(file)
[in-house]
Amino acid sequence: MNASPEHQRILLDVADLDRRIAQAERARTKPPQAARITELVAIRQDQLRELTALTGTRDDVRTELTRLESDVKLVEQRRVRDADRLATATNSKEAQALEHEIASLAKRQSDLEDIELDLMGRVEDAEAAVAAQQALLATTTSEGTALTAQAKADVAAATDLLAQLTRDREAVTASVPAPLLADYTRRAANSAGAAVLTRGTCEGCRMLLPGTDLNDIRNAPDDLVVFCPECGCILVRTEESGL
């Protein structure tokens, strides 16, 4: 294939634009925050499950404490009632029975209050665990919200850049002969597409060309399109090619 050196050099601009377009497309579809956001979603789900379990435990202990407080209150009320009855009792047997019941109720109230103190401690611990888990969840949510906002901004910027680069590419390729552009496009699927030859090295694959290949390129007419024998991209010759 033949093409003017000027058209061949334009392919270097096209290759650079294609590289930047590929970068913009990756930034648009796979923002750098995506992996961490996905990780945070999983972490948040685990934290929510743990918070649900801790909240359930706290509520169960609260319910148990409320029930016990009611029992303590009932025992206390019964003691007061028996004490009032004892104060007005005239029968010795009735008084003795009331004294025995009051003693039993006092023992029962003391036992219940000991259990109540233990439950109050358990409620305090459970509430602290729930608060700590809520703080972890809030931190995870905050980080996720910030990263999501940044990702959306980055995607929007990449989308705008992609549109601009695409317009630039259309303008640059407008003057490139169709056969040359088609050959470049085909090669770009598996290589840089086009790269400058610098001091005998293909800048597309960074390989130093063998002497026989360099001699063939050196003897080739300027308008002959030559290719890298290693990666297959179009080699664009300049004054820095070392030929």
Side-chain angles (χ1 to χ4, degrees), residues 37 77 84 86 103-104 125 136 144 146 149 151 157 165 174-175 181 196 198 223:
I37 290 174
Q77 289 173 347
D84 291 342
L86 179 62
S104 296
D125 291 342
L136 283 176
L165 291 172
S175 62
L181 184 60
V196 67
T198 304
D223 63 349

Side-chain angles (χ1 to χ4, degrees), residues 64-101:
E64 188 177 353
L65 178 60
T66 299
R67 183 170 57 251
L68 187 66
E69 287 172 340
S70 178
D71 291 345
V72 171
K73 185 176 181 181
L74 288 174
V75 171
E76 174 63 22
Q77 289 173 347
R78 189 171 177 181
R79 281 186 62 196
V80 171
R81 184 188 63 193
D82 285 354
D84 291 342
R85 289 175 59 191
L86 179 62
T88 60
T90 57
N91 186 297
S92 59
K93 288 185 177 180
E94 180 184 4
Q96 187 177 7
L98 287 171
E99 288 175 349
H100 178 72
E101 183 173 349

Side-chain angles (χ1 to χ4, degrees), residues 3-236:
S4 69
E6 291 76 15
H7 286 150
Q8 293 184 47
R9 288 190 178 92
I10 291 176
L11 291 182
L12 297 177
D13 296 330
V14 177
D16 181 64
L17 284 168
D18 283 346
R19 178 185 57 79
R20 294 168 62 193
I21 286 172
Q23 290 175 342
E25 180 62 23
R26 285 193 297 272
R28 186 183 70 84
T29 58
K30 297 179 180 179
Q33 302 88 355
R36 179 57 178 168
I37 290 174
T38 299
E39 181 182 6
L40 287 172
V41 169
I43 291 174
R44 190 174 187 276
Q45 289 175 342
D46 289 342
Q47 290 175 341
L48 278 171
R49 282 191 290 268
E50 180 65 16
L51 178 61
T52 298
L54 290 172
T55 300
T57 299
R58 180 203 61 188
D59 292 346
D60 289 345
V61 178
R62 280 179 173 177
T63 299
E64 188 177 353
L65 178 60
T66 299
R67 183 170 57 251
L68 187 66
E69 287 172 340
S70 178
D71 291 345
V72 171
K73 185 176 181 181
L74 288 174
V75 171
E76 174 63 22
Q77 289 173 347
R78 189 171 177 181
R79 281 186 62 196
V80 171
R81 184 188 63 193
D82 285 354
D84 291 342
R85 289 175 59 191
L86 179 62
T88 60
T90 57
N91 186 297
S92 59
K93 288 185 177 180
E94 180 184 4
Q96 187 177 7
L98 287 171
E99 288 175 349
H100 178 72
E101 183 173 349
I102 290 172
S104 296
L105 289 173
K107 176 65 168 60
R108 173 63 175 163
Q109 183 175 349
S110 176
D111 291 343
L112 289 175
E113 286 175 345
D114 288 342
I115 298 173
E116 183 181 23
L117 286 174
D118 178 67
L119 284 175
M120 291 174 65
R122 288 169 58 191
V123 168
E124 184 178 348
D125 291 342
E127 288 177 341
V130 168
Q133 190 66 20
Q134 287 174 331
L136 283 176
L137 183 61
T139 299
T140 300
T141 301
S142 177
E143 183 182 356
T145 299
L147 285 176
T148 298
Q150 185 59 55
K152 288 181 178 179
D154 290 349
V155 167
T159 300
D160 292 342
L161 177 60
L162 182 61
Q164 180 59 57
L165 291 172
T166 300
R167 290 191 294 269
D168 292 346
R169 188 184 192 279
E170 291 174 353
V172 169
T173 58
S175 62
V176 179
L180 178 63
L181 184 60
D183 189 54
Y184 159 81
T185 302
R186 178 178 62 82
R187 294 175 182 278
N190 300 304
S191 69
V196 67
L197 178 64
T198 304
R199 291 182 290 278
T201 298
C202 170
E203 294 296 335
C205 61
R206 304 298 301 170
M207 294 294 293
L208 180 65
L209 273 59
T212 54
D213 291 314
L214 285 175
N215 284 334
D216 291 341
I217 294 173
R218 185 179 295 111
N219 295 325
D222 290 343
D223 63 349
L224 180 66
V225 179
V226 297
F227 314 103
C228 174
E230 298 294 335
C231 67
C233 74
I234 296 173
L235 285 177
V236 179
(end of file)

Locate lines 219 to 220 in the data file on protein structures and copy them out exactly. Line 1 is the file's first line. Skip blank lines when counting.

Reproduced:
L224 180 66
V225 179